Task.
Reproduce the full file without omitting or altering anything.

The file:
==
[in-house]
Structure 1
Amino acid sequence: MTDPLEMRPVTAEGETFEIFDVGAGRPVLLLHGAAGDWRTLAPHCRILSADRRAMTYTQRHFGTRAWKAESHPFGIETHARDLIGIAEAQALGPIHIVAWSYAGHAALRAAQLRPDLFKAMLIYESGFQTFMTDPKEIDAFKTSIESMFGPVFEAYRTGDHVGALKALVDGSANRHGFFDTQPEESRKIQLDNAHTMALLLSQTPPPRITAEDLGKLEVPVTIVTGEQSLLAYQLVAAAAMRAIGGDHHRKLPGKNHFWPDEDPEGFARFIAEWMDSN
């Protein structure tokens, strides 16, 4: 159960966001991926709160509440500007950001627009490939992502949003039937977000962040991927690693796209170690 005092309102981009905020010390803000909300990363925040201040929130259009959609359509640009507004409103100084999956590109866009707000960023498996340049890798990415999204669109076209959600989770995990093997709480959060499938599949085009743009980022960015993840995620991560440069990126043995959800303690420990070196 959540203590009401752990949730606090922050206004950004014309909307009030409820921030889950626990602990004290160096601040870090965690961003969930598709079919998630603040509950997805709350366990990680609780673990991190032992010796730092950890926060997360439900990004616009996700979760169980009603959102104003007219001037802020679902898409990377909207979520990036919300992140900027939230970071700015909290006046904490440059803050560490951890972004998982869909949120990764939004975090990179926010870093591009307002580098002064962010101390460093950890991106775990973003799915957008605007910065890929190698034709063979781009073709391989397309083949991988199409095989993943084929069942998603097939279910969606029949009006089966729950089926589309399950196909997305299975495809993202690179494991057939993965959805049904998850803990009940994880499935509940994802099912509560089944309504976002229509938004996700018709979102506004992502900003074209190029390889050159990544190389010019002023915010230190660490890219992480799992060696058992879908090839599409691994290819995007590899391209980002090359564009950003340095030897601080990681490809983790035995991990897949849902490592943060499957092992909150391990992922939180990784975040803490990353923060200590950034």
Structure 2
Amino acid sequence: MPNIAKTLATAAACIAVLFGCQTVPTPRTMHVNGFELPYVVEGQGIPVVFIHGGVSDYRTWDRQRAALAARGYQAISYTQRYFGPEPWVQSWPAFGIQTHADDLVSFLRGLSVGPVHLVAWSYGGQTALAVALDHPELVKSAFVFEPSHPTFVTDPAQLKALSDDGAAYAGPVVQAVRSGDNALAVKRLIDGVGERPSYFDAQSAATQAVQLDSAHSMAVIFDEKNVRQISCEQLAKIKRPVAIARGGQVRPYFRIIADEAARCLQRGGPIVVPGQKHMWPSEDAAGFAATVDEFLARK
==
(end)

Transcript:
[in-house]
Structure 1
Amino acid sequence: MTDPLEMRPVTAEGETFEIFDVGAGRPVLLLHGAAGDWRTLAPHCRILSADRRAMTYTQRHFGTRAWKAESHPFGIETHARDLIGIAEAQALGPIHIVAWSYAGHAALRAAQLRPDLFKAMLIYESGFQTFMTDPKEIDAFKTSIESMFGPVFEAYRTGDHVGALKALVDGSANRHGFFDTQPEESRKIQLDNAHTMALLLSQTPPPRITAEDLGKLEVPVTIVTGEQSLLAYQLVAAAAMRAIGGDHHRKLPGKNHFWPDEDPEGFARFIAEWMDSN
């Protein structure tokens, strides 16, 4: 159960966001991926709160509440500007950001627009490939992502949003039937977000962040991927690693796209170690 005092309102981009905020010390803000909300990363925040201040929130259009959609359509640009507004409103100084999956590109866009707000960023498996340049890798990415999204669109076209959600989770995990093997709480959060499938599949085009743009980022960015993840995620991560440069990126043995959800303690420990070196 959540203590009401752990949730606090922050206004950004014309909307009030409820921030889950626990602990004290160096601040870090965690961003969930598709079919998630603040509950997805709350366990990680609780673990991190032992010796730092950890926060997360439900990004616009996700979760169980009603959102104003007219001037802020679902898409990377909207979520990036919300992140900027939230970071700015909290006046904490440059803050560490951890972004998982869909949120990764939004975090990179926010870093591009307002580098002064962010101390460093950890991106775990973003799915957008605007910065890929190698034709063979781009073709391989397309083949991988199409095989993943084929069942998603097939279910969606029949009006089966729950089926589309399950196909997305299975495809993202690179494991057939993965959805049904998850803990009940994880499935509940994802099912509560089944309504976002229509938004996700018709979102506004992502900003074209190029390889050159990544190389010019002023915010230190660490890219992480799992060696058992879908090839599409691994290819995007590899391209980002090359564009950003340095030897601080990681490809983790035995991990897949849902490592943060499957092992909150391990992922939180990784975040803490990353923060200590950034």
Structure 2
Amino acid sequence: MPNIAKTLATAAACIAVLFGCQTVPTPRTMHVNGFELPYVVEGQGIPVVFIHGGVSDYRTWDRQRAALAARGYQAISYTQRYFGPEPWVQSWPAFGIQTHADDLVSFLRGLSVGPVHLVAWSYGGQTALAVALDHPELVKSAFVFEPSHPTFVTDPAQLKALSDDGAAYAGPVVQAVRSGDNALAVKRLIDGVGERPSYFDAQSAATQAVQLDSAHSMAVIFDEKNVRQISCEQLAKIKRPVAIARGGQVRPYFRIIADEAARCLQRGGPIVVPGQKHMWPSEDAAGFAATVDEFLARK